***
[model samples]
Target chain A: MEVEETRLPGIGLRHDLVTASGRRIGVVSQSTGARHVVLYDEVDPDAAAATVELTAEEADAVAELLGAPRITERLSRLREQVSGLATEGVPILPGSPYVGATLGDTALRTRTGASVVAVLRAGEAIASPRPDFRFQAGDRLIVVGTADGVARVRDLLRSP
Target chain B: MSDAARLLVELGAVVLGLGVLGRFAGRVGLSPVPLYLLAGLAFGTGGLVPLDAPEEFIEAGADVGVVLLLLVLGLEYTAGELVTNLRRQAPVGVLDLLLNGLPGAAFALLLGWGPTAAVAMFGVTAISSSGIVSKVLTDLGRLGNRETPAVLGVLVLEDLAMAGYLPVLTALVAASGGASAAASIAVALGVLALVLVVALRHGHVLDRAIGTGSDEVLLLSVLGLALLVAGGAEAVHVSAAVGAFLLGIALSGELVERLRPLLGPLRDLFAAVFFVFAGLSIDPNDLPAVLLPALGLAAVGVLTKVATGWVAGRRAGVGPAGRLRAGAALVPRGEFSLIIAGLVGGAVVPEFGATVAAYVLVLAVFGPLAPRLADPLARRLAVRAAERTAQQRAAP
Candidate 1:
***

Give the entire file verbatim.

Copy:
[model samples]
Target chain A: MEVEETRLPGIGLRHDLVTASGRRIGVVSQSTGARHVVLYDEVDPDAAAATVELTAEEADAVAELLGAPRITERLSRLREQVSGLATEGVPILPGSPYVGATLGDTALRTRTGASVVAVLRAGEAIASPRPDFRFQAGDRLIVVGTADGVARVRDLLRSP
Target chain B: MSDAARLLVELGAVVLGLGVLGRFAGRVGLSPVPLYLLAGLAFGTGGLVPLDAPEEFIEAGADVGVVLLLLVLGLEYTAGELVTNLRRQAPVGVLDLLLNGLPGAAFALLLGWGPTAAVAMFGVTAISSSGIVSKVLTDLGRLGNRETPAVLGVLVLEDLAMAGYLPVLTALVAASGGASAAASIAVALGVLALVLVVALRHGHVLDRAIGTGSDEVLLLSVLGLALLVAGGAEAVHVSAAVGAFLLGIALSGELVERLRPLLGPLRDLFAAVFFVFAGLSIDPNDLPAVLLPALGLAAVGVLTKVATGWVAGRRAGVGPAGRLRAGAALVPRGEFSLIIAGLVGGAVVPEFGATVAAYVLVLAVFGPLAPRLADPLARRLAVRAAERTAQQRAAP
Candidate 1: